I’ve just finished rereading Velma Wallis’s Two Old Women, a heartwarming Alaskan tale, one of many told by her Gwich’in mother, of survival against all odds. Abandoned by their group in the middle of a very harsh winter and considered of no further use at their advanced age, the two nevertheless triumph by reviving their long-known skills of hunting, trapping and preserving food and crafting warm clothing from animal fur. A lovely, short and entertaining read.
The other book I’ve also just read is Peter Tremayne’s religious historical whodunnit, Absolution by Murder, set in the 7th century AD in the British isles. It introduces Sister Fidelma, an Irish advocate of the courts, a dálaigh, who is also a member of a religious community. It was just before the Roman church traditions superseded the Irish one in Christian England, and I found myself wanting to get to know more about Sister Fidelma’s adventures.
Reading about Sister Fidelma brought to mind my favourite religious historical detective, Brother Cadfael, brought to life by the English historical fiction writer and translator, Ellis Peters. Cadfael, a former Crusader, returns to England to practise as a Benedictine monk and apothecary. There are, I believe, 20 or more books in the Cadfael series that chronicle life in 13th century England. What I love about Ellis Peters’ books on Cadfael is her rich lyrical prose whose cadence and syntax appear to mirror the language of that time. What made the Cadfael stories additionally enjoyable for me is the herbal lore that Ellis Peters shared — the knowledge of growing a variety of herbs and their many uses for healing.
My family and I went to visit Shrewsbury Abbey, where Ellis Peters set the Cadfael stories and for whose restoration she donated the proceeds of her books. In the grounds of the Abbey, there was a beautiful herbal garden with paths covered by a sturdy wooden arbour, as well as a reproduction of Cadfael’s work room, complete with hanging herbs and other apothecary equipment. I half expected Cadfael to pop out any minute. The books have been made into a television series starring Derek Jacobi, who makes a brilliant Cadfael. There is a lovely pink scented rose, called Brother Cadfael, that looks as sumptuous as a peony, created by the famous rose breeder David Austin. A neighbour in England had this in her front garden. Interestingly, her husband, Robin Whiteman, wrote a compendium of all the characters and plants and herbs, as well as medieval terms mentioned in the Cadfael series — The Cadfael Companion — and he very kindly gave me a copy. What a marvellous coincidence that we would get to live near dedicated admirers of Ellis Peters and her Cadfael series!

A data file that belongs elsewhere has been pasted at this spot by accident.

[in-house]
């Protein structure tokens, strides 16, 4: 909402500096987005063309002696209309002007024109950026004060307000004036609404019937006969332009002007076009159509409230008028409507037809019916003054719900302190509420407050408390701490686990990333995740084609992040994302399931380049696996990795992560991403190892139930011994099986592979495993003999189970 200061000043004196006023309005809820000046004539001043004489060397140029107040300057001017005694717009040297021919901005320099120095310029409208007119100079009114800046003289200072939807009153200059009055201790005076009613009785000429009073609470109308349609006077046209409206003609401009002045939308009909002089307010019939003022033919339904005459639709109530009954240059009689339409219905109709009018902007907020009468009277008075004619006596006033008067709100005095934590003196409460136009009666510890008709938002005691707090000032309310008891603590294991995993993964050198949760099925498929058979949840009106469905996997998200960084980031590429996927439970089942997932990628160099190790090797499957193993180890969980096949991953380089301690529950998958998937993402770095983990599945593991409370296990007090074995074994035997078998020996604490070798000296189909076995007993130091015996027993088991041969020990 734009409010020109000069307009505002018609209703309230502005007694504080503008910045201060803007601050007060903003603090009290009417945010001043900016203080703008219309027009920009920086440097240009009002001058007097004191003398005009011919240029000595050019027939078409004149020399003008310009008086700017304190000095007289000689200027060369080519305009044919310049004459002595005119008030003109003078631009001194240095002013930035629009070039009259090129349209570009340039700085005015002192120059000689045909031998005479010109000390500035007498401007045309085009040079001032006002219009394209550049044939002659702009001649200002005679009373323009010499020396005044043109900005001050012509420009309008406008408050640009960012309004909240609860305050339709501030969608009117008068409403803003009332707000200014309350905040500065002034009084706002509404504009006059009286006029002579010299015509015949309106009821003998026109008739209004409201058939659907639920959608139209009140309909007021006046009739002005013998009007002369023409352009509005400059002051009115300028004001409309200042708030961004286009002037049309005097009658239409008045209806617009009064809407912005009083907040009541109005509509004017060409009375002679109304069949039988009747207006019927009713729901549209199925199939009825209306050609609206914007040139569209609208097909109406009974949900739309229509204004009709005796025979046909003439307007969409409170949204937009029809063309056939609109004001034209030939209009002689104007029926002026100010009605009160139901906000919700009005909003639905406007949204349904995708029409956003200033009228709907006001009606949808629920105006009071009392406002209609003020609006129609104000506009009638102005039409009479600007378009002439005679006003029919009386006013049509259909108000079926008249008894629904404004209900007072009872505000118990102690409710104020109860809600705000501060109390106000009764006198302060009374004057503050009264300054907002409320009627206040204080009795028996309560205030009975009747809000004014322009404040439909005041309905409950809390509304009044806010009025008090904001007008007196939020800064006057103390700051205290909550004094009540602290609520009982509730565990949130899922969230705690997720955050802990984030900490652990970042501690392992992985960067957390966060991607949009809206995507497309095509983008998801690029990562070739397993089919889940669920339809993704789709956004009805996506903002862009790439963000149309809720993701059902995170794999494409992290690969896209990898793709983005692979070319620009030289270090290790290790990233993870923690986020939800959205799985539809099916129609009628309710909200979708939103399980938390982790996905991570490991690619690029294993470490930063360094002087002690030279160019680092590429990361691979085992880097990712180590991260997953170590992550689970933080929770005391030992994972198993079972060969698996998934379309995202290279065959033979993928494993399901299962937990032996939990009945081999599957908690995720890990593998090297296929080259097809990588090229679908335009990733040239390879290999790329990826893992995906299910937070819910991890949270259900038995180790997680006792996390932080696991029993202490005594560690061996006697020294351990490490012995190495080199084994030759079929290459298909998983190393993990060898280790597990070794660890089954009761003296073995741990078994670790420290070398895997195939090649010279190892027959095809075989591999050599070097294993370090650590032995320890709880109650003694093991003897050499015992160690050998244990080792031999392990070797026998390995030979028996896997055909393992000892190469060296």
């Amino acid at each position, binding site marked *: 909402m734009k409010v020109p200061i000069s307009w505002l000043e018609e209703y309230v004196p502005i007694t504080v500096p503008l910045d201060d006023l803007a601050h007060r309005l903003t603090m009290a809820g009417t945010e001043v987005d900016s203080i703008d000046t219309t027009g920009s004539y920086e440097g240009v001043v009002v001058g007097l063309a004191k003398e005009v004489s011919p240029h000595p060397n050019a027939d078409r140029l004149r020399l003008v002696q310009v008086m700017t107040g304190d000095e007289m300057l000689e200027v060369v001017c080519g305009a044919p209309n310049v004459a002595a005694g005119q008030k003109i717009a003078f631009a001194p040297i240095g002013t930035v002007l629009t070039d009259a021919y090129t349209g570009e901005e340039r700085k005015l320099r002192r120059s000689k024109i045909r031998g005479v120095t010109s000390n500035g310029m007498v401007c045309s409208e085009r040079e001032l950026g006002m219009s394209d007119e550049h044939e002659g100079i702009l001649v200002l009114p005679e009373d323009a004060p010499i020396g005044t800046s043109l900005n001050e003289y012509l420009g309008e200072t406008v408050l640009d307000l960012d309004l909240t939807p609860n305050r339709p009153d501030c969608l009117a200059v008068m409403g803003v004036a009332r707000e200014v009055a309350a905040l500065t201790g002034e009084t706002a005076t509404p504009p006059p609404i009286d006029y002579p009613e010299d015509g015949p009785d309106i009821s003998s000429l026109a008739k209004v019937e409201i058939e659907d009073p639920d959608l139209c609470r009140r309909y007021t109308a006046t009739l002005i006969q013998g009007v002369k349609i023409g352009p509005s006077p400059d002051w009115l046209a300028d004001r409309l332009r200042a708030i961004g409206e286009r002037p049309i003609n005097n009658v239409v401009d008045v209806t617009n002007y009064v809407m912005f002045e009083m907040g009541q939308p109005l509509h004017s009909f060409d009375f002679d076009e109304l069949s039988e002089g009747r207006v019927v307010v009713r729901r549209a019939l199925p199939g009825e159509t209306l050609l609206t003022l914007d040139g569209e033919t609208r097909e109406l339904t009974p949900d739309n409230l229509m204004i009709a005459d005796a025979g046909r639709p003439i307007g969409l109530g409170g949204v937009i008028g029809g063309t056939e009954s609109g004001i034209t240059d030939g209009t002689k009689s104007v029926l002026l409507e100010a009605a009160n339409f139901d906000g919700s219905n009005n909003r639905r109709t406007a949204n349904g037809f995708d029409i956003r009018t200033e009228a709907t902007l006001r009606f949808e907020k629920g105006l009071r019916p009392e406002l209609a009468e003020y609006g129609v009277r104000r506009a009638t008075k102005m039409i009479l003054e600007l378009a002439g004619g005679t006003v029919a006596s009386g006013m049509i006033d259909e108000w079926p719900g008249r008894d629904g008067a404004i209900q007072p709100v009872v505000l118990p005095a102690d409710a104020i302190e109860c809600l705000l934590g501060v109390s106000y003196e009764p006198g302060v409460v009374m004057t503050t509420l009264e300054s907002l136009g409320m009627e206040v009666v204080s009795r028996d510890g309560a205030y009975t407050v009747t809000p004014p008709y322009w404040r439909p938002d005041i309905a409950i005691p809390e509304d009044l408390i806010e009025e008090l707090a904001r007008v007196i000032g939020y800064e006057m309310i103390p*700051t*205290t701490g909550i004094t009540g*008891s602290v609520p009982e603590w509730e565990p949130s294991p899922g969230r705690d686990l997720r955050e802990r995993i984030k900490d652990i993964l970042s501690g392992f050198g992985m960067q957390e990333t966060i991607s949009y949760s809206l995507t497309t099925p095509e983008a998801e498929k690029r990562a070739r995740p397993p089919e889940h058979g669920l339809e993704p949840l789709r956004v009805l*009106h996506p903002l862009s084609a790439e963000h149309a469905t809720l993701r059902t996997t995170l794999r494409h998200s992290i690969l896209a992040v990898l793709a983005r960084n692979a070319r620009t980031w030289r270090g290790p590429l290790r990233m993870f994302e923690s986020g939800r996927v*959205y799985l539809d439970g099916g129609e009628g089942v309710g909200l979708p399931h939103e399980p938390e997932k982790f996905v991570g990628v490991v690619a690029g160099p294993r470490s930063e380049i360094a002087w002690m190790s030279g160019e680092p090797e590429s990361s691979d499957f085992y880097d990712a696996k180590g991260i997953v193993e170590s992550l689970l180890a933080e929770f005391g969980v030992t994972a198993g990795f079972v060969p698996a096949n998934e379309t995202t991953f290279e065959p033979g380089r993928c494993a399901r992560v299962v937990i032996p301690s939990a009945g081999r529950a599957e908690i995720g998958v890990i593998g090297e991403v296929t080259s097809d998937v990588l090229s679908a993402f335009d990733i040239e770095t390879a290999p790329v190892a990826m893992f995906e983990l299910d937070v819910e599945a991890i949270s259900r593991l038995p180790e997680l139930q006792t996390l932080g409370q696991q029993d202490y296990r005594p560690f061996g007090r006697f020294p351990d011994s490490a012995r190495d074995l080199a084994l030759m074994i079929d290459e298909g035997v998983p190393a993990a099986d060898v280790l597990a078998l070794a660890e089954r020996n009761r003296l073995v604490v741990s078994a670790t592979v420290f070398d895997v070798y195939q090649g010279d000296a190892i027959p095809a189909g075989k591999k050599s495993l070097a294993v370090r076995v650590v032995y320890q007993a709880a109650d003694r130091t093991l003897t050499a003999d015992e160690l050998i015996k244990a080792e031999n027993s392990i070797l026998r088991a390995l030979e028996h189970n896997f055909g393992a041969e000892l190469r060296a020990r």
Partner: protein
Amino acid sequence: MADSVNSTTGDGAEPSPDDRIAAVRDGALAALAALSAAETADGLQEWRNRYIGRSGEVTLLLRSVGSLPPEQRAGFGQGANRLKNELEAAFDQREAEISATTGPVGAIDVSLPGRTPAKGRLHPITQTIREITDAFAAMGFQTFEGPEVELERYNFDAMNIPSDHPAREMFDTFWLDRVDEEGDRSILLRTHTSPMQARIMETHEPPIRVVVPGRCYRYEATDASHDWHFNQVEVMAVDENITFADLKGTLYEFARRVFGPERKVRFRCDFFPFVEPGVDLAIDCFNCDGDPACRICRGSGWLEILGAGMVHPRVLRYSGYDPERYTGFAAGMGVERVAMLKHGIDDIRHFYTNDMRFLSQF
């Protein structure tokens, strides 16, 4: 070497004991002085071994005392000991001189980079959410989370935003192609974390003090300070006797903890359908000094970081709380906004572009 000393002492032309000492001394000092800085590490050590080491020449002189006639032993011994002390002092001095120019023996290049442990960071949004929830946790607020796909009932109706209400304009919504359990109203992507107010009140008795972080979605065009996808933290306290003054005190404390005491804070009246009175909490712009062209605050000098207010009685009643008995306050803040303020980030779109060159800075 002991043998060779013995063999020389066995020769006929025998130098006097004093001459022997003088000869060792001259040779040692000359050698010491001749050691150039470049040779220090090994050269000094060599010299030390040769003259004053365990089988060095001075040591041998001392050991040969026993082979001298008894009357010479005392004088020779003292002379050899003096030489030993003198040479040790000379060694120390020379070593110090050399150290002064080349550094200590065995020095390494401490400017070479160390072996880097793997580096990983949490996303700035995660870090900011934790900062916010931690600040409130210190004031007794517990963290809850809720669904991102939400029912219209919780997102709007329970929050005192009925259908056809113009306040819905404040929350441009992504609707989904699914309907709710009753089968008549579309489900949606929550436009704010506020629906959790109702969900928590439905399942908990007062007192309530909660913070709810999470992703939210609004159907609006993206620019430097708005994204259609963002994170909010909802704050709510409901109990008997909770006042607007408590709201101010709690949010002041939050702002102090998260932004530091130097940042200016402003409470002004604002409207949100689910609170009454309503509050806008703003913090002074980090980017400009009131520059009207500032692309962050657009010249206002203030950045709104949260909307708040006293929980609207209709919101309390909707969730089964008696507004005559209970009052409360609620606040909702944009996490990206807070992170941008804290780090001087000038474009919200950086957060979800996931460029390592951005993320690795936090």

I am truly grateful for being able to read and liking to read. I am additionally thankful that there are so many types of books that a bookworm like me can enjoy. For the gifted writers whose imagination and creativity result in these wonderful other worlds between the covers of these books, I am deeply grateful. Considering that I developed a liking for reading books only in fifth grade, I am thankful indeed to have discovered what a joy there is in reading!